86.7% (95% CI = 85.0-88.2) of enrolled subject presented a titre of anti-rubella IgG >11 IU/mL. This percentage was higher in males (n = 1193/1362; 87.6%; 95% CI = 85.7-89.3) than in females (n = 336/402; 83.6%; 95% CI = 79.6-87.1; chi-square = 4.3; p = 0.04).

The proportion of positive subjects was of 76.8% (n = 279/363; 95% CI = 72.2-81.1) in persons aged 18-26 years; 88.1% (n = 310/352; 95% CI = 84.2-91.3) in 27-35 year-old people; 88.5% (n = 464/524; 95% CI = 85.5-91.1) in 36-45 year-old people; 90.7% (n = 350/386; 95% CI = 87.3-93.4) among people aged 46-55 years and 90.6% (n = 126/139; 95% CI = 84.5-94.9) in 55-65 year-old people (Chi-square = 39.7; p < 0.0001; Fig. 1).

Fig. 1
figure 1

Proportion of anti-rubella IgG positive subjects and anti-rubella IgG GMT, by age group and gender. Red columns: % of anti-rubella IgG positive females. Blue columns: % of anti-rubella IgG positive males. Green line: anti-rubella IgG GMT in females. Purple line: anti-rubella IgG GMT in males

GMT of anti-rubella IgG titre was 4.3 (4.3 in male and 4.2 in female, t = 2.2; p = 0.03) and seems to differ dividing the enrolled subjects by age group (Fig. 1; F = 14.3; p < 0.0001). There is no correlation between age and anti-rubella IgG titre (r2 = 0.0006; F = 0.02; p = 0.87).


Our study showed a lack of immunity against rubella among Apulian young adults from 18 to 26 years of age; in this age group the proportion of susceptible subjects is more than 20%, in the other age groups the rate accounted 10-12%. The subjects with lack of immunity were born between 1988 and 1994, but only people born between 1990 and 1996 were a target of the 2003/2004 catch-up vaccination campaign planned by 2003 PNEMoRC.

A great proportion of young individuals showed lower levels of protective immunity, probably because they missed out on vaccination in catch up programmes. In fact, current coverage data for Apulian catch up target cohorts were around 70% [14]. This coverage determined a reduction in the circulation of wild-type infection, that could cause a lack of immunity among young adults and an increase of median age of infection.

PNEMoRC also recommended the free of charge offer of MMR vaccine to all susceptible females in childbearing age, but no specific actions for the active offer took place in Italian regions. The vaccination strategy based on passive offer seemed not consistent with the PNEMORC objective to reduce the percentage of susceptible females <5% [12].

Considering all enrolled females in childbearing age (18-49 years), the percentages of immune subjects is of 82.3% (95% CI = 77.9-86.2).

Our results quite differ from other studies carried out in countries that implemented Universal Mass Vaccination Program. In Australia, a serosurvey performed in 2001 (3 years after the beginning of Australian Measles Control Campaign) showed that the percentage of 16-39 years old subjects immune for rubella was 97% [18]. A similar rate was reported in the Netherlands where the rubella vaccine was actively offered to 11-years adolescents since 1974 and in 1987 the MMR vaccination was implemented in the national immunization program. In fact a 2014 survey showed a seroimmunity rate >90% among subjects aged >18 years [19]. In these countries national immunization campaigns reached target immunization coverage.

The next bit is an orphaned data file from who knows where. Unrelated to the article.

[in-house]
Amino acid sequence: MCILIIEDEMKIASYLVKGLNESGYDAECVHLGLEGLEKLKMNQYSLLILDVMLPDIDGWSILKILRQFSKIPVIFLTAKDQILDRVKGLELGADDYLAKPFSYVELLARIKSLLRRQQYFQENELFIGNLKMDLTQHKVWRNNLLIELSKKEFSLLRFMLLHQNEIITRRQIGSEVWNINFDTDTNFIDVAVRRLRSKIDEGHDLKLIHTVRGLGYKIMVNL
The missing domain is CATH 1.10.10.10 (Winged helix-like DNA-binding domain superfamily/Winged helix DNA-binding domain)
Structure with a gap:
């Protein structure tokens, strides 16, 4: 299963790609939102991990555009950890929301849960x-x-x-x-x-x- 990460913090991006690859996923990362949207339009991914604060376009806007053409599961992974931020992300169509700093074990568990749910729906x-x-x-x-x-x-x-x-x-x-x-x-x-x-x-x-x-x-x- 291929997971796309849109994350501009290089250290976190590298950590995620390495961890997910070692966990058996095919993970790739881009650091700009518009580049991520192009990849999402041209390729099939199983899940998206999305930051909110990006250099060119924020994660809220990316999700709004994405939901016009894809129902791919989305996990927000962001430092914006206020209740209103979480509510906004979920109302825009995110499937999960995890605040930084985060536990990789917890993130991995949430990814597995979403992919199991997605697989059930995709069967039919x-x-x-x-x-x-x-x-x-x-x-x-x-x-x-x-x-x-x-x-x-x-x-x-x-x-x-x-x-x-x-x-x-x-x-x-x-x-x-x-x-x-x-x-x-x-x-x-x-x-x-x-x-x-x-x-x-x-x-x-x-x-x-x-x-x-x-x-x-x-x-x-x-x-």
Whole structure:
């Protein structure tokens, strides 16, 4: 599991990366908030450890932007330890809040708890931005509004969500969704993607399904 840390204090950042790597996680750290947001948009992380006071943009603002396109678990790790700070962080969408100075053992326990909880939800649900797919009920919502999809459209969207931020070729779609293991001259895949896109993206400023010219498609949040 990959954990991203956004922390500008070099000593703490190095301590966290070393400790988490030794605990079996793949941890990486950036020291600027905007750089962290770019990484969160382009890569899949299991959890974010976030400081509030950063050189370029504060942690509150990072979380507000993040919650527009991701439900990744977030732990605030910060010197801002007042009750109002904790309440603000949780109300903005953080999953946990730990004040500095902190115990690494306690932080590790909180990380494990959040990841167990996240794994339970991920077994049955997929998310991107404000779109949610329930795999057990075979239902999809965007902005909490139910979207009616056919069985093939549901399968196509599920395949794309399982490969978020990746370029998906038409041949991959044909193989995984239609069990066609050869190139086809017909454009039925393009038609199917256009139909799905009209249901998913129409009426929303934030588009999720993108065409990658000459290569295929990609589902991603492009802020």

Our regional situation seems to remind the situation of USA in 1988-1994, when a serosurveillance study reported a rubella susceptibility rate of 22% among subjects of 18-24 years old [20]. Similarly to USA data, our results indicate the interaction between the immunization program and the natural history of rubella. In fact, in USA the rubella immunization program began in 1971 while in Italy in 2003, both the two studies were carried out 10-15 years after the beginning of immunization programs and results are globally concordant.

Bechini et al. carried out a serosurvey about rubella in Tuscany in 2012 and seroprevalence in this study (that involved a bigger number of females) is higher than in our survey, achieving 90%; this difference could be related to the enrolment of younger subjects (<18 years), that we did not consider in our sample [21].

The lesson learned is that in the elimination era too many women of childbearing age are still unprotected from rubella and this is consistent with the observation of some cases of CRS in Apulia in the last few years [14]. This could be related to low vaccine acceptance, which is lower mostly in the first years after the introduction of new vaccines, to insufficient management of vaccination strategies and to inappropriate perception by general population and health care workers of the risk of vaccine-preventable diseases [22].

In this scenario, the public health efforts should be oriented to catch-up activities in order to reduce the rate of susceptible young adults, above all women of childbearing age. Gynaecologists and General Practitioners should be encouraged to actively propose the rubella screening among women of childbearing age before they become pregnant, in order to identify those who lack rubella antibodies, whether acquired as the result of vaccination or natural infection.

The childbearing age susceptible women immunization is indeed a priority to be pursued in all possible occasions, especially in the postpartum days and for immigrant women. Rubella vaccination should also be administered in the hospitals before the patient discharge and the recommendation to get the rubella vaccination should be reported in the dismissal letter when it is not possible to vaccine during the hospitalization. Another opportunity to check rubella immunity status of the mothers is the access to the vaccination service for their own child immunization and health care workers should be encouraged to suggest mothers to investigate their immunity status during the pre-vaccination interview.

Finally an active surveillance based on laboratories that perform rubella immunity test should be planned; laboratories should notify to Public Health Authority every woman in childbearing age with a negative test and Public Health Authority should active propose to these women the immunization against rubella.

Future studies should investigate the effectiveness of this actions to reduce the rubella susceptibility rate among young women and decrease CRS, theorized in national and international recommendations, but actually not largely implemented.


In conclusion, our sero-survey showed a lack of immunity against rubella among Apulian young adults from 18 to 26 years of age. According to our data, too many women of child-bearing age are still unprotected from rubella in the elimination era and in this scenario the public health efforts should be oriented to catch-up activities.